Big Ten presidents and chancellors met again Sunday but have not voted yet on whether to accelerate the league’s return to the football field, according to multiple reports. The meeting was the second of the weekend for the university leaders, who are expected to vote in the coming days on a plan that could have the league’s schools playing football before the end of October.
Sunday’s meeting featured an emphasis on medical protocols and what’s changed since the league initially decided to cancel the fall sports season on Aug. 11, according to Yahoo’s Pete Thamel. The Sunday meeting followed a Saturday meeting between the presidents and chancellors and the Big Ten’s Return to Competition Task Force met Saturday with the presidents and chancellors amid continued pressure for the league to join the ACC, Big 12 and SEC in playing football this fall.
The weekend meetings of Big Ten decision makers took place after Ohio State coach Ryan Day praised the Big Ten’s medical subcommittee for doing “an excellent job of creating a safe pathway toward returning to play in mid-October.”
The conference has been sued, criticized by coaches and become a target for players’ parents and even Donald Trump since its decision to cancel the season last month. But it never finalized a plan for when it could begin play, which has been a source of frustration for many connected to the league.
While league officials reportedly work to formulate a plan for returning to the field, here is what we know so far about where things stand within the Big Ten.
- When/why did the Big Ten cancel fall sports?: The Big Ten canceled fall sports on Aug. 11 with hopes of playing them in the spring. Commissioner Kevin Warren said at the time that “it became abundantly clear that there was too much uncertainty regarding potential medical risks to allow our student-athletes to compete this fall.” The Pac-12 made a similar decision soon after.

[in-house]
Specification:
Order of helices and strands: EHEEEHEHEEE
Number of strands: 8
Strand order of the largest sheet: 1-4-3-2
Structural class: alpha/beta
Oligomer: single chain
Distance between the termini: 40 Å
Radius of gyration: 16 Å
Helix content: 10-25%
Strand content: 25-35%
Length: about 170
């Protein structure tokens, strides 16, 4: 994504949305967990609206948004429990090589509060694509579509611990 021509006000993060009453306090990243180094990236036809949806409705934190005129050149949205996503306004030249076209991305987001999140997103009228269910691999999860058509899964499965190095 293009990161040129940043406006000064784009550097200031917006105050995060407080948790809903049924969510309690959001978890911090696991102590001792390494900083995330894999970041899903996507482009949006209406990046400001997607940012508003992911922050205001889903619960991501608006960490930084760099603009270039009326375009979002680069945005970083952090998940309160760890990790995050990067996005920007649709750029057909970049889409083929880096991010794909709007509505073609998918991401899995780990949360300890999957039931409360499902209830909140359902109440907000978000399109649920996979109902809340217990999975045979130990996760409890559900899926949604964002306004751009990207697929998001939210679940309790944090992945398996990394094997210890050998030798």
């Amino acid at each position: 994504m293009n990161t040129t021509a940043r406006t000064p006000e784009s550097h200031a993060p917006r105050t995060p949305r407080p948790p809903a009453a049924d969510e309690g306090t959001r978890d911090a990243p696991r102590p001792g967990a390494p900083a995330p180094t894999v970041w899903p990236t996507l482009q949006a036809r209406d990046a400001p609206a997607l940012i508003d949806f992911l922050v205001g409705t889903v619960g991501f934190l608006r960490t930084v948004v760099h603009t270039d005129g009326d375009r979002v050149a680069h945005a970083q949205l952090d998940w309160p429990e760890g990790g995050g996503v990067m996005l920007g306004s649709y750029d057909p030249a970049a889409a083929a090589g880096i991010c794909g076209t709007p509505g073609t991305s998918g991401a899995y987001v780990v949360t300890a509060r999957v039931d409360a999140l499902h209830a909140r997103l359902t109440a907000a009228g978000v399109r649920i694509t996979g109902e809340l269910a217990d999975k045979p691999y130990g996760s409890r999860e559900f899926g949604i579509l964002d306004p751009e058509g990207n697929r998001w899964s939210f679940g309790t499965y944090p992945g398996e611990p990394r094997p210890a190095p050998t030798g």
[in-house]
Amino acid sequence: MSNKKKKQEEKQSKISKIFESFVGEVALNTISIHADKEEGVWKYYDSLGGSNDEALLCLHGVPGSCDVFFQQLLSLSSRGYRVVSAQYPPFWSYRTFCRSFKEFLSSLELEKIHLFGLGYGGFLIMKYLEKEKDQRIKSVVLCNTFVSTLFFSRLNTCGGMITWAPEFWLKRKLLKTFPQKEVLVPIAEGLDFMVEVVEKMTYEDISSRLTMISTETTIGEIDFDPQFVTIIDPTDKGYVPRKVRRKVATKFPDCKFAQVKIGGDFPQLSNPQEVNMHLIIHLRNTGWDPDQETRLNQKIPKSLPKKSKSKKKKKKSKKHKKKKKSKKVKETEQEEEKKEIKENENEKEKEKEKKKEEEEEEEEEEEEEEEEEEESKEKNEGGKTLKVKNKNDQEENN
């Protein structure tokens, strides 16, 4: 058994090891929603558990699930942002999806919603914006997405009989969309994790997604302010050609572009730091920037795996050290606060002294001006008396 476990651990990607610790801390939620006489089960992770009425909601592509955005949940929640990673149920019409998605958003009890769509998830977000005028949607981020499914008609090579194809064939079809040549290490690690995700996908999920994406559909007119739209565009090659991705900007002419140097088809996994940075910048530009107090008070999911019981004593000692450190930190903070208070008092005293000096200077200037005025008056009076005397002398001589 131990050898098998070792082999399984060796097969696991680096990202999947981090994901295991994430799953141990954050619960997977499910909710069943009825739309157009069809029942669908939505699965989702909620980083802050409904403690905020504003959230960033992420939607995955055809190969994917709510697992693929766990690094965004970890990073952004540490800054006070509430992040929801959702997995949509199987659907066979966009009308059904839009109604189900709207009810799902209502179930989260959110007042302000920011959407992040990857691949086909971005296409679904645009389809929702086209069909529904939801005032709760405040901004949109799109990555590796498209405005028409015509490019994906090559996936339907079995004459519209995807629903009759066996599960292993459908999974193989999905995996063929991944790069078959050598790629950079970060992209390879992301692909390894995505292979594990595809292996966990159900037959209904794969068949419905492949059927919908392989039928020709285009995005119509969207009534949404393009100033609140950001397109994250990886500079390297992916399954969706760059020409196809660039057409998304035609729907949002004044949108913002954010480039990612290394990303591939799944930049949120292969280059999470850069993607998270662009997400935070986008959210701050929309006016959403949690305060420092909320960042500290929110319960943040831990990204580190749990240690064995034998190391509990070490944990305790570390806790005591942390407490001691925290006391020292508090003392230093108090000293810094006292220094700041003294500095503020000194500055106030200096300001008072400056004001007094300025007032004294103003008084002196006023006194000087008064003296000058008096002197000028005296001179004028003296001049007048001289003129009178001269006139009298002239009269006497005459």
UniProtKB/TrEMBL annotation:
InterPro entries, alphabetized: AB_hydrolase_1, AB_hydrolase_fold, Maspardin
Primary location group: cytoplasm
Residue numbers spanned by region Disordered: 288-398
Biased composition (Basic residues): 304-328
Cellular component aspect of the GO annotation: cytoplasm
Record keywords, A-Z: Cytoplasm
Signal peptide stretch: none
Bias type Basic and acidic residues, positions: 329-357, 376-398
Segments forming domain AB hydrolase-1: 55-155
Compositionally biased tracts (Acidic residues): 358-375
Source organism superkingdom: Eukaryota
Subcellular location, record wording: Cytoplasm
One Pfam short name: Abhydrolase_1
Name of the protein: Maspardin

- Why do Big Ten officials think it’s unsafe while others play?: Concerns over the potential for myocarditis in the hearts of athletes who’ve had COVID-19 appear to be a hurdle in the league’s return to play. Research from The Ohio State University Wexner Medical Center published Sept. 11 by the Journal of the American Medical Association found that four of 26 athletes who tested positive for COVID-19 had findings “consistent with myocarditis.” The study also found another eight athletes with imaging results that suggested “prior myocardial injury.”
- Who actually made the decision?: It was unveiled that the league’s presidents voted to cancel the fall season. But that assertion came under scrutiny in the days following the league’s decision. Penn State president Sandy Barbour said, “It’s unclear whether there was ever a vote or not.” Minnesota president Joan Gabel referred to the decision as a “deliberative process where we came to a decision together.” Ultimately, documents revealed that the league presidents voted 11-3 in favor of canceling the season.